The Oban Times, 21 April, 1923
Piobaireachd Society Music
Inveran Hotel, Invershin, Sutherland, 11 April, 1923
Sir,–When you were good enough to publish my comments on the above in a recent issue of your valued paper, I made the stipulation that only with one person giving his name and address would I follow the matter further. However, as your correspondent, “Bratach Bhan Clann Aoidh” was the means of setting the ball rolling, I will make a brief reply to his letter, dated 19th March.
I, too, would welcome any better setting of the “Battle of Dorneig” than that published by the Piobaireachd Society. The Society has, however, very wisely made a rule that any other setting than theirs may be played for competition and judged on its merits, and this, I think, should cover all your correspondent’s grievances. Not so mine, and I cannot think that your correspondent can be in earnest when he infers that the lengthening or shortening of any note which may well be left to the discretion of the performer, is of more importance than the abolishing now and for ever of a mongrel “Crunluadh Mach” which in truth is no “Mach” at all.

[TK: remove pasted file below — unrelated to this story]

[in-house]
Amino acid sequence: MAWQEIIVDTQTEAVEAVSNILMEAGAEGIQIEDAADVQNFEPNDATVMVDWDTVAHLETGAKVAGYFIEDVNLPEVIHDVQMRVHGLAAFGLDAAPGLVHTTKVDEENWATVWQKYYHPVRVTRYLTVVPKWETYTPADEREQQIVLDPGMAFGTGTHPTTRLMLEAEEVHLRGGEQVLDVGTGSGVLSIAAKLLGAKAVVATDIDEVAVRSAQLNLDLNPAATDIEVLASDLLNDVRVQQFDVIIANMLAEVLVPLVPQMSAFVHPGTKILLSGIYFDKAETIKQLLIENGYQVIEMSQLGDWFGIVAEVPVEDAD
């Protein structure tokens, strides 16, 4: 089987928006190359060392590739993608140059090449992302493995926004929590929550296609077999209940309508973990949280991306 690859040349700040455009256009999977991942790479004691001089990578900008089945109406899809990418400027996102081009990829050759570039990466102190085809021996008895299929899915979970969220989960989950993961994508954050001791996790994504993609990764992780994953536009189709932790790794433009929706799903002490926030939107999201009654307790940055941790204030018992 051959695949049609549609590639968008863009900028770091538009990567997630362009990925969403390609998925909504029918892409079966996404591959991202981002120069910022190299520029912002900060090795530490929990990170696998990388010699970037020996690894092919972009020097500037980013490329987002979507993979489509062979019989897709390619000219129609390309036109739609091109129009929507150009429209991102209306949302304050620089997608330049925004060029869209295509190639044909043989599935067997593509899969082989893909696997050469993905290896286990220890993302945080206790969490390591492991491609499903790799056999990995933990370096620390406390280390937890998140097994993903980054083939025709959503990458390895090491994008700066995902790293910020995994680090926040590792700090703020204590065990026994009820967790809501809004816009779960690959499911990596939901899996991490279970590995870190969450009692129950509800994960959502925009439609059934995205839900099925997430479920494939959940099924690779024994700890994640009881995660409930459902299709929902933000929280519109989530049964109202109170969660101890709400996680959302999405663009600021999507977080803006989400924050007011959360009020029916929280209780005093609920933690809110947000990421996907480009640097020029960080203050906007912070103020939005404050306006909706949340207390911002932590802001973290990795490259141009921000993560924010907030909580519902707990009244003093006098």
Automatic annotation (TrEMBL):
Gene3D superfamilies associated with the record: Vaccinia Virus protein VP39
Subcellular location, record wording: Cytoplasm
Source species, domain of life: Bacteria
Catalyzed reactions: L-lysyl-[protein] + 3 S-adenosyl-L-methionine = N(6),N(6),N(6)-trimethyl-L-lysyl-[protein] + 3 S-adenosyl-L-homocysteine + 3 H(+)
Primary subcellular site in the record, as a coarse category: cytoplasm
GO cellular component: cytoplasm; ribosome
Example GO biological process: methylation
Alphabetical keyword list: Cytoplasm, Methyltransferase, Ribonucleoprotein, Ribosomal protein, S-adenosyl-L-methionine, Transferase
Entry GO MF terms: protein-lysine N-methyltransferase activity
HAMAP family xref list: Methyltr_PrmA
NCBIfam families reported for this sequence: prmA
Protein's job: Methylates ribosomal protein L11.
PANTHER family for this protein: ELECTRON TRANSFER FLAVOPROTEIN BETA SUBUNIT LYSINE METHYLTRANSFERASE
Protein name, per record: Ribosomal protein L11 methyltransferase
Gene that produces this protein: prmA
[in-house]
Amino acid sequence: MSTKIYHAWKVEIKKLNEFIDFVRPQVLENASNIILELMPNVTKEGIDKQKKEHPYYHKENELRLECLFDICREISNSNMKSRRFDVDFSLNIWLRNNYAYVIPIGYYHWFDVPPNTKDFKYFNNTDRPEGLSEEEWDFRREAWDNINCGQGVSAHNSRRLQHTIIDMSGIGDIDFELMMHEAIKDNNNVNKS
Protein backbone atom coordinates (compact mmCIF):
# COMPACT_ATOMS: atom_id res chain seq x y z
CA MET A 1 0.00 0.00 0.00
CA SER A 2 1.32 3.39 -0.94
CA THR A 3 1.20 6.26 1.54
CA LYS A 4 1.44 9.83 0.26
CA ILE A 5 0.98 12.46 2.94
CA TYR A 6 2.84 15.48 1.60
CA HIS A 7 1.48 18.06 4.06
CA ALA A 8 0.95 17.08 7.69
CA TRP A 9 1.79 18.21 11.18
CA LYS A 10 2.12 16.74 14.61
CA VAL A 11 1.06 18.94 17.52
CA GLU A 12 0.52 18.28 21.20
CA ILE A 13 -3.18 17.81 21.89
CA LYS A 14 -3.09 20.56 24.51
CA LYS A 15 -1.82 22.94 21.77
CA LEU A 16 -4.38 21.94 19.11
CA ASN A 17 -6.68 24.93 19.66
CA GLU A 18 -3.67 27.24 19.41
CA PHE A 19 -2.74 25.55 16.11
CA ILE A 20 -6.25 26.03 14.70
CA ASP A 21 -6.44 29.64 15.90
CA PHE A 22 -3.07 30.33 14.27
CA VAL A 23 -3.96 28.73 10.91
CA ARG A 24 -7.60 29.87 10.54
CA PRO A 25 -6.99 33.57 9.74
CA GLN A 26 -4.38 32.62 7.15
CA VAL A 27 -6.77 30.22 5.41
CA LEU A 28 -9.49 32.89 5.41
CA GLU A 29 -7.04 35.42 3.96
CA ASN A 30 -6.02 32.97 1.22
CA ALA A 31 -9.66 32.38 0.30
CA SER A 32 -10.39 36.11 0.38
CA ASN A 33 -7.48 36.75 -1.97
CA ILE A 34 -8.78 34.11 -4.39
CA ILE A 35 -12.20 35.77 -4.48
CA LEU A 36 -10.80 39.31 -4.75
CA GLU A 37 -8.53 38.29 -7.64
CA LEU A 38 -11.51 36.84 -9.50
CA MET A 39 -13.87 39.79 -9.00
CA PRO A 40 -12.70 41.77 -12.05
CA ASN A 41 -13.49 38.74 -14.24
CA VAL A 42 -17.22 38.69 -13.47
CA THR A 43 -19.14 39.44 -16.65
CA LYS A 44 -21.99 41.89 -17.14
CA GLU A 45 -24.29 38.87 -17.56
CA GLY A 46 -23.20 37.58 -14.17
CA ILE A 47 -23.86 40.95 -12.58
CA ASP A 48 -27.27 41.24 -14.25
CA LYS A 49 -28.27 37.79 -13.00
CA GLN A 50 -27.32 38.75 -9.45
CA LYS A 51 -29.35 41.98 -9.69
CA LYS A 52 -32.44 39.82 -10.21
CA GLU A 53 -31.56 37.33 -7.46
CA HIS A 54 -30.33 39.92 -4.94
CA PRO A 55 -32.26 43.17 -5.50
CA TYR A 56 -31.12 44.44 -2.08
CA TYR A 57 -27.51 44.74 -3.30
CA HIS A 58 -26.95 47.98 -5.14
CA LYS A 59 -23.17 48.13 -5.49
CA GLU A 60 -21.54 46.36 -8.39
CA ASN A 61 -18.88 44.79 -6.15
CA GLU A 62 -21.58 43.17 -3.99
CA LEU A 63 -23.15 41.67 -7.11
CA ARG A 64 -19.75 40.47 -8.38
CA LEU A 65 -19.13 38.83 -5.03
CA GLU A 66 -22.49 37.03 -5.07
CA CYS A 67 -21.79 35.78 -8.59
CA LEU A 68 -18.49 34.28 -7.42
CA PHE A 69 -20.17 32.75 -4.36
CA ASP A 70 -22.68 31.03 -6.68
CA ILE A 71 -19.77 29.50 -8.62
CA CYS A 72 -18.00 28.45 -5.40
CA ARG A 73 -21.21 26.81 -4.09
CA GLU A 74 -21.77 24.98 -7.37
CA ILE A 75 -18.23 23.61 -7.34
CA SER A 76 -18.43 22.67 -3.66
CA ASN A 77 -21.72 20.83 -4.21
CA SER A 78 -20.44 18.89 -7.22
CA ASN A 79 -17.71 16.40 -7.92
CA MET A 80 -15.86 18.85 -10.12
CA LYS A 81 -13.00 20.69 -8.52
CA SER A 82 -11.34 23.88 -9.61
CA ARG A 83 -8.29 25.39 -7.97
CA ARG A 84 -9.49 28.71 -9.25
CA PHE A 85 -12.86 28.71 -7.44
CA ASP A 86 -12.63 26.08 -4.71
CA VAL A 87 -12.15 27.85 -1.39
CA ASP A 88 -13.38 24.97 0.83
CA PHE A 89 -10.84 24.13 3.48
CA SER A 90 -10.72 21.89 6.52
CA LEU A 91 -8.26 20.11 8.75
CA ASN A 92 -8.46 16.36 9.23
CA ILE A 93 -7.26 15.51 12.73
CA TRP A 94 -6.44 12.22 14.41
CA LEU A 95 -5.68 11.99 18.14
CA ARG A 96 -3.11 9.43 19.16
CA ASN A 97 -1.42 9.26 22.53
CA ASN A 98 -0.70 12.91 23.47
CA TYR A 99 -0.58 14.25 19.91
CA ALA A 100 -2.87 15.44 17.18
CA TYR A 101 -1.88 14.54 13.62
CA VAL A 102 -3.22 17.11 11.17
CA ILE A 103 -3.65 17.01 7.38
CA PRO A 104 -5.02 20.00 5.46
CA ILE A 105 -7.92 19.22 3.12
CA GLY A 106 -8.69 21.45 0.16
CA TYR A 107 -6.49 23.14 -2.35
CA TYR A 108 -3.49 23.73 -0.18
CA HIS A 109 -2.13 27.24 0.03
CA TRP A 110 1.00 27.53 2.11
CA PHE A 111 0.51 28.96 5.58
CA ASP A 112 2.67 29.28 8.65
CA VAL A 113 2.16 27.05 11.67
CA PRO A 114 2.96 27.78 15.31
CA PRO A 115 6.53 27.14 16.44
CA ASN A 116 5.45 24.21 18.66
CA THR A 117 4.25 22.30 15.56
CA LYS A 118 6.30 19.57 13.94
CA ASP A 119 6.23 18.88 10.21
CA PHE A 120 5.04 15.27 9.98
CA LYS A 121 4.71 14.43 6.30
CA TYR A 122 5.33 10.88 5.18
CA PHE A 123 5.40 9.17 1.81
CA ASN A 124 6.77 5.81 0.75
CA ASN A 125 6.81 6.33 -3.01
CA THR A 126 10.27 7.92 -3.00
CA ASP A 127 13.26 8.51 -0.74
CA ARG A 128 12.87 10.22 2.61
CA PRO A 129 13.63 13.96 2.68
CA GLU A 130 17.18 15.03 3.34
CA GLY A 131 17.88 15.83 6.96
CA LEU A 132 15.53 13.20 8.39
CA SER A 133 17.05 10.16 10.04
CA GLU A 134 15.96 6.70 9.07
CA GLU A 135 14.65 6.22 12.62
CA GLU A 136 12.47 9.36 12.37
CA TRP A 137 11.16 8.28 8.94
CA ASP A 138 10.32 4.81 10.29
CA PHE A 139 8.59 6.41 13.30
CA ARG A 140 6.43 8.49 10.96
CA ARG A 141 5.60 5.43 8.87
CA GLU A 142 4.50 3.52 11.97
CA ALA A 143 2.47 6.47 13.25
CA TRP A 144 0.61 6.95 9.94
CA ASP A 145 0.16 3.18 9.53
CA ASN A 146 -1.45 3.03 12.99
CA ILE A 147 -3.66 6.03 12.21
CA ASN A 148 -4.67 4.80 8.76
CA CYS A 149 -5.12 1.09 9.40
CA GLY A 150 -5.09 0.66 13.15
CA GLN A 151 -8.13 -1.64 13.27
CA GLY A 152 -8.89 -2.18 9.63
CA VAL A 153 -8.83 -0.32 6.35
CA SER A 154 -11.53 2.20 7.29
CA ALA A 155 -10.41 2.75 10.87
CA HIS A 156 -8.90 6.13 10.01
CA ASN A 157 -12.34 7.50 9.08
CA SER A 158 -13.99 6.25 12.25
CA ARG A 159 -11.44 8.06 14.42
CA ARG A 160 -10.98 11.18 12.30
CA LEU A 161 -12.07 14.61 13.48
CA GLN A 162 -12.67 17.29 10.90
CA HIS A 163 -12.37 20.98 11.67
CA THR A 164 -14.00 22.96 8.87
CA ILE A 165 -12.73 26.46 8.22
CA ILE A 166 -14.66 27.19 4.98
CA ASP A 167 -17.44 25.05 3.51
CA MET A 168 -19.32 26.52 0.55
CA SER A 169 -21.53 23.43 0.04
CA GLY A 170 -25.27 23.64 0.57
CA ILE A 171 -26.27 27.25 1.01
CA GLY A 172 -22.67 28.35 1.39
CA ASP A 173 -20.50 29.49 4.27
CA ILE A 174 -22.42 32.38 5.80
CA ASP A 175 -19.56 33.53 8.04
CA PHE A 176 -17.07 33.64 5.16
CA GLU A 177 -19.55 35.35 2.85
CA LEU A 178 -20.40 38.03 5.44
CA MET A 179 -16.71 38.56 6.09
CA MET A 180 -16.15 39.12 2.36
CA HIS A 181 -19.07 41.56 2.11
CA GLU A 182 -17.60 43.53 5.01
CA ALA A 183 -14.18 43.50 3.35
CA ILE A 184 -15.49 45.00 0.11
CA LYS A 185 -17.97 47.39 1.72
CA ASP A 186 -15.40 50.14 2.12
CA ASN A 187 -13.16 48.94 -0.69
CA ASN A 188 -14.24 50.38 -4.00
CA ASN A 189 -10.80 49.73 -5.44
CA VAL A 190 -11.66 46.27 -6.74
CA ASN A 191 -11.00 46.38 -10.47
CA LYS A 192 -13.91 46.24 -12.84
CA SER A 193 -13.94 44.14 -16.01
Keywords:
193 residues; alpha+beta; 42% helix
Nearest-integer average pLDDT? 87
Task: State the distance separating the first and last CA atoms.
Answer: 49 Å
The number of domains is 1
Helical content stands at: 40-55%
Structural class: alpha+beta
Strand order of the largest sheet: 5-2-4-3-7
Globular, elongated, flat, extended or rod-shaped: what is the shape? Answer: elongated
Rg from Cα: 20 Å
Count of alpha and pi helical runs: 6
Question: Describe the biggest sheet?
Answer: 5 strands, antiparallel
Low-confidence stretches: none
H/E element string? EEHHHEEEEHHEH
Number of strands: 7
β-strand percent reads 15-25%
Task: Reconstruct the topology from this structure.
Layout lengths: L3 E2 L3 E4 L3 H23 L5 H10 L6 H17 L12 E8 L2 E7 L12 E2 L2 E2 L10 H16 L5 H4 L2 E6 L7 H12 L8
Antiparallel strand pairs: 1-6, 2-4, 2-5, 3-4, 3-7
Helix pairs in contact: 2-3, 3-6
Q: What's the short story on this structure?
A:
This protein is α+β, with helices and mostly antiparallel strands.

I am glad your correspondent agrees that there is a “Crunluadh” confusion. It is indeed very much a confusion, and the Piobaireachd Society must accept the blame, as such a thing was never known in the history of bagpipe playing until published by the Society.
It is not because Angus MacKay’s method of “Crunluadh Fosgailte” is heavier that it should be adopted, but because it is the only method of making a “Fosgailte,” and it would be well for the Piobaireachd Society and all concerned if Angus MacKay’s music was more rigidly adhered to.
I cannot quite follow your correspondent when he says that such fine tunes as he mentions were misunderstood originally. Does he mean by the composers? If so, it is a reckless remark to make. I am inclined to think that instead of adding variations essential to the tunes the tendency is to subtract, and I would like to see it made a rule by the Piobaireachd Society that the “ground” work of every Piobaireachd, whether long or short, must be repeated at the end, thus making a finished impression which neither “Crunluadh Mach,” “Fosgailte” or “Breabach” can possibly do. Hoping the Piobaireachd Society will take a more serious view of the matter, I have endeavoured, through your kindness, to bring to their notice then that of your correspondent.
–I am, etc.,